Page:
‘I spend $31,000 a day’: China influencer cancelled for promoting ‘evil trends’
A Chinese influencer who claimed she spends 150,000 yuan (S$31,000) a day and travels by helicopter has been blasted on mainland social media and criticised by state propaganda outlets for promoting the worship of money.
Wang Xuancheng, known as Wang Chengcheng to her three million followers on video app Douyin, has come under intense criticism after sharing a video where she posed as a wealthy socialite with a police helicopter last week.
Her Douyin account was banned shortly after the scandal erupted. In previous posts on her account, the 31-year-old boasted that she owned an opulent 400-square metre mansion, drove around in a Rolls-Royce, and spent more than 150,000 yuan a day.
She also claimed her father was a high-ranking police officer, prompting many to question if that was how she had access to a police helicopter and if an abuse of power had occurred.
Authorities in Shenyang in Liaoning province, northeastern China, where Wang lives, said the helicopter is privately owned and only leased to local police. They said that Wang had only used it for filming videos and did not have access to it for private travel.
In response to public concern, Shenyang police issued a statement to clarify that Wang’s father is a retired low-ranking police official and that Wang started her own company in 2017, but did not specify the nature of the business.
The general manager of the private company that owns the helicopter was sacked for allowing Wang to use the aircraft in her videos.
“I have my own cars, property and business. I haven’t asked for a penny from my family since I was 22,” she said in a previous post on her Douyin account.
Wang previously owned two companies specialising in milk tea and another in energy technology, according to Tianyancha, an online database of Chinese companies. But both ventures had been wound up in the past few years.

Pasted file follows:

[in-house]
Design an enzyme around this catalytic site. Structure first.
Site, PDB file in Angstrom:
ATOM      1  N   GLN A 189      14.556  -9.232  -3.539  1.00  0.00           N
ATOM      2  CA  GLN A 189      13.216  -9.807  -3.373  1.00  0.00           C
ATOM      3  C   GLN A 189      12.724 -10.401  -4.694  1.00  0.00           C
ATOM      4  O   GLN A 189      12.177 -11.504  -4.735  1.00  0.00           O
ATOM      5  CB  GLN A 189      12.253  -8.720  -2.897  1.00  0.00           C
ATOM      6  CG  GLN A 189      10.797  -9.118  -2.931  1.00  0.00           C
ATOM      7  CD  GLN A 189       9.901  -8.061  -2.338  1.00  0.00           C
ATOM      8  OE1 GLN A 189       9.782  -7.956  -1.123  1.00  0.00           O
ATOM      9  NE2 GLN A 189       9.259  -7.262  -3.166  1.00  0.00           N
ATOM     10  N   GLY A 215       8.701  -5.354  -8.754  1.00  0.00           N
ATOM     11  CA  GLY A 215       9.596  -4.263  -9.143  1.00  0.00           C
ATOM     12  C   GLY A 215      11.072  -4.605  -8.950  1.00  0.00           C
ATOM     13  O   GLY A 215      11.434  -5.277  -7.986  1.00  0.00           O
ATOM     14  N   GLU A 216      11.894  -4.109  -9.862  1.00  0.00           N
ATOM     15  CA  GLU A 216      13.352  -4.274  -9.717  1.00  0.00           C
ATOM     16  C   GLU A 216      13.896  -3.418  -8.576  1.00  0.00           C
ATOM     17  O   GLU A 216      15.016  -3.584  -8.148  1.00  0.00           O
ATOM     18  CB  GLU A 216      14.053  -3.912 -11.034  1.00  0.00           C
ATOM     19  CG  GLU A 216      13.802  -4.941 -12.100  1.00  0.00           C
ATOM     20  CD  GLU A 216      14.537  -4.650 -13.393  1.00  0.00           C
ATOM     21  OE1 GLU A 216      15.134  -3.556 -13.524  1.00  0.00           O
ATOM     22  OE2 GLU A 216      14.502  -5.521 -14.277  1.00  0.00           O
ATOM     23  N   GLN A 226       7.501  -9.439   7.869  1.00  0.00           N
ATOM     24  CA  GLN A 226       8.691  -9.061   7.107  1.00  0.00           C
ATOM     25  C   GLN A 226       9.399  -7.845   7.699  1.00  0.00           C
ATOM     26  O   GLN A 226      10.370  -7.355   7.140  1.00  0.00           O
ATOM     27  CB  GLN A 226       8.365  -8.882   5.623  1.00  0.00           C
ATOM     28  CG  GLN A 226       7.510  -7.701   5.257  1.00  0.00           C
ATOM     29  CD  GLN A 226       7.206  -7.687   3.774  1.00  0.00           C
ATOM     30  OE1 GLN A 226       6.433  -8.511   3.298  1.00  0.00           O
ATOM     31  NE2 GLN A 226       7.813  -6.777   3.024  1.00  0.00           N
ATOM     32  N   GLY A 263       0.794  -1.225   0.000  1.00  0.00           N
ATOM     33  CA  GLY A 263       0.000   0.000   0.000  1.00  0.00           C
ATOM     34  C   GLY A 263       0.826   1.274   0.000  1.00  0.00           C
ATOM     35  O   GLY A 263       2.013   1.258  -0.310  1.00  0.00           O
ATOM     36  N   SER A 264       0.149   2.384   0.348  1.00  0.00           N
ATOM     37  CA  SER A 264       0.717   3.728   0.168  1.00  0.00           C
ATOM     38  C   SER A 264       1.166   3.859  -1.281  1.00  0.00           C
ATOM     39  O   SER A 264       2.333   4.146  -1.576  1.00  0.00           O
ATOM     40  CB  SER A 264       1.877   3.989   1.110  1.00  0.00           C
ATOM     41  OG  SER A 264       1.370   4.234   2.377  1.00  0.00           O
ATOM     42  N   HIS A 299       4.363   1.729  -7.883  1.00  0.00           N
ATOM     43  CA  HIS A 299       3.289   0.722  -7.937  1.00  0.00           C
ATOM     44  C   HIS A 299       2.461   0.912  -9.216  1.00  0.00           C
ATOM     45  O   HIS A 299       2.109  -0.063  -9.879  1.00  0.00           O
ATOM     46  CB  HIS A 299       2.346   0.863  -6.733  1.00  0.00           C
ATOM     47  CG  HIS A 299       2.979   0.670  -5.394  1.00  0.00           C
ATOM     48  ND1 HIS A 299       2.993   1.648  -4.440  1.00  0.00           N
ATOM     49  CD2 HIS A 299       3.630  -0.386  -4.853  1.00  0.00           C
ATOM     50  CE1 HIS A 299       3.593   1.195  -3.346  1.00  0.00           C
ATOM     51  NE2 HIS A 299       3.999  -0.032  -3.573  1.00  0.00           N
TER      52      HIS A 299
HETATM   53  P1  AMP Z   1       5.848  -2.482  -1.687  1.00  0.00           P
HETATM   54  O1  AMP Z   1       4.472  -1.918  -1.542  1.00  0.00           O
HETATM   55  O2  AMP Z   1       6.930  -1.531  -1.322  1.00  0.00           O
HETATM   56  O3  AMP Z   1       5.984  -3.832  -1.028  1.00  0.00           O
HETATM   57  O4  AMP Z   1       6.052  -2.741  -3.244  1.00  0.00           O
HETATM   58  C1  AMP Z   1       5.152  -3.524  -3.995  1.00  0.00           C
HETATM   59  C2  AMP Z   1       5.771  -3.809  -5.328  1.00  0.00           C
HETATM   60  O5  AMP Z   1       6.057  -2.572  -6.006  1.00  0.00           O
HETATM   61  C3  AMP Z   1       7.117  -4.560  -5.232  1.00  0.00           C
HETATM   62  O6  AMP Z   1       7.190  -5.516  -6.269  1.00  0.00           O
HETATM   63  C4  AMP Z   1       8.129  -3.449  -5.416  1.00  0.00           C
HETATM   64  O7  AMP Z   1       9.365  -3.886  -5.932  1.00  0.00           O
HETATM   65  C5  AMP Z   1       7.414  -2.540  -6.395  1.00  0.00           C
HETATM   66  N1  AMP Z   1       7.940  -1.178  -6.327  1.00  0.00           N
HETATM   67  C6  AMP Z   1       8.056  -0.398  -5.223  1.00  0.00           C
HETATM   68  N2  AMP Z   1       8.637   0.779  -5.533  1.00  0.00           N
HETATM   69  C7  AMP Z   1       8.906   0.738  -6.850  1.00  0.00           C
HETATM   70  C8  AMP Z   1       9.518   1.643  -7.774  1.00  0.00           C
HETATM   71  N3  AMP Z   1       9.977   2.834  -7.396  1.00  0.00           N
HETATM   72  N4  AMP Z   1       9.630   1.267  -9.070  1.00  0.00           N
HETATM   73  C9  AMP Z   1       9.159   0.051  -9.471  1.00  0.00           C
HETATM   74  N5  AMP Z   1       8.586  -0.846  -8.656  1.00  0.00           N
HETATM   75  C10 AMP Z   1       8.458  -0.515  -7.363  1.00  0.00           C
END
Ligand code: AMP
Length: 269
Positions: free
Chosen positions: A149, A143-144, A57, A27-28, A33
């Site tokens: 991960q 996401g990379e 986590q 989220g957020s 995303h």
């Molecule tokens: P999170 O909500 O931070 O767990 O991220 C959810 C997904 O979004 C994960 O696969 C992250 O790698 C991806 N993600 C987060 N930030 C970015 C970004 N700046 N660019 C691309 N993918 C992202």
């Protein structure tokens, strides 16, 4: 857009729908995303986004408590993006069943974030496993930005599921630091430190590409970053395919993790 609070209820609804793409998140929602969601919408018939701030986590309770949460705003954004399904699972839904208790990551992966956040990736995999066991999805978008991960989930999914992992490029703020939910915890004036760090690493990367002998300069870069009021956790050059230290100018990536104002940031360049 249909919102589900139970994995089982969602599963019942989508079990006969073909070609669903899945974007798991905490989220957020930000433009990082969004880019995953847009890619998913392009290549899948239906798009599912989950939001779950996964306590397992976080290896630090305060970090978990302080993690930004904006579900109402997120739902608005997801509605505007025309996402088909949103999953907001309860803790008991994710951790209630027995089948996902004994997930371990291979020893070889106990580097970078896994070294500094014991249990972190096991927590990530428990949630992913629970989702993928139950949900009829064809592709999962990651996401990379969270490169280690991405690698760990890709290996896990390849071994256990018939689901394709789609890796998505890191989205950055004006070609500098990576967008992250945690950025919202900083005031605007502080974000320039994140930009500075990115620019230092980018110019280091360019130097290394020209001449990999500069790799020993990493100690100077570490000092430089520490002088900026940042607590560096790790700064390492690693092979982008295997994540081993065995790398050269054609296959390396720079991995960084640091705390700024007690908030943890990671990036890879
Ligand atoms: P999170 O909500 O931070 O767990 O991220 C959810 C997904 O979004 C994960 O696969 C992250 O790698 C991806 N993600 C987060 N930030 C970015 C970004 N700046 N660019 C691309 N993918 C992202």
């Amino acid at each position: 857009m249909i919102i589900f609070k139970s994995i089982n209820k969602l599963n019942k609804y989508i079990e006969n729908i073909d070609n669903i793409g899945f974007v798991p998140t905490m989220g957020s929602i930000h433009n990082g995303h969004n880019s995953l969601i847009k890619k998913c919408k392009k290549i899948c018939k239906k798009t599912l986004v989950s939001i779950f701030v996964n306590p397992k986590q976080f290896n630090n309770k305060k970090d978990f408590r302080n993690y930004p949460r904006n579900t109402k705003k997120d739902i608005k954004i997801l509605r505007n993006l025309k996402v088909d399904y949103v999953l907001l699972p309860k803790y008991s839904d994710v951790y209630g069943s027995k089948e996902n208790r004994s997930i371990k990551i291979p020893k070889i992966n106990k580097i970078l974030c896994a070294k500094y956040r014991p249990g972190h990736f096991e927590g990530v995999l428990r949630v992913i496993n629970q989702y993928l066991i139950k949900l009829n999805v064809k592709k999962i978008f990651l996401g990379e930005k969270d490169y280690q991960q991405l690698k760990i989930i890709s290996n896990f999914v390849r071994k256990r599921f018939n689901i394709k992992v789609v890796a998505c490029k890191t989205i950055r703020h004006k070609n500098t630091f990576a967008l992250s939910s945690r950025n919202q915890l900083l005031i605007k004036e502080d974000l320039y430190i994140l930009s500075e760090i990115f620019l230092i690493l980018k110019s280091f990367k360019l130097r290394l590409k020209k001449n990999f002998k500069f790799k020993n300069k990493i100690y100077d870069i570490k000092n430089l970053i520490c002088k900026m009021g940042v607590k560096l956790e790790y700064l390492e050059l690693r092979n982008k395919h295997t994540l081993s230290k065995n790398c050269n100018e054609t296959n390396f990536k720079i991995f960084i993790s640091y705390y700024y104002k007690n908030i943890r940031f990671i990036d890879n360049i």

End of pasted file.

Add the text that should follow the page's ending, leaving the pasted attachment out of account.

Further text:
Chinese state media has used Wang as the latest example of a decadent influencer as the government continues its crackdown on online celebrities who flaunt their wealth and brag about their lavish lifestyles.
“Some platforms make every effort to cater to the weakness of human nature. They try to attract traffic and maintain daily user activity by promoting vulgar, entertaining, and sensational content,” wrote the Beijing Daily in an editorial criticising Wang on Wednesday (July 20).
“It’s not a big deal for a handful of influencers to fall from grace. What’s important is we keep away the evil trends online,” it said.
Wang’s sudden downfall is reminiscent of the case of Guo Meimei, one of China’s first influencers. Guo was infamous for ostentatious displays of wealth on social media.
She was at the centre of a scandal in 2011 after it was revealed she falsely claimed she ran an organisation under the umbrella of the Red Cross.
She was later arrested for running an illegal casino and sentenced to five years in jail in 2015. last year she was sentenced to 30 months in jail for selling illegal diet pills.
Last year, Chinese authorities barred celebrities from showing off wealth on social media amid a crackdown on the entertainment industry and online fandom, which were deemed to have undermined social values.
In a directive issued in November by the Cyberspace Administration of China, celebrities were ordered to: “Maintain a healthy lifestyle and taste” and avoid promoting “extravagant pleasure” online.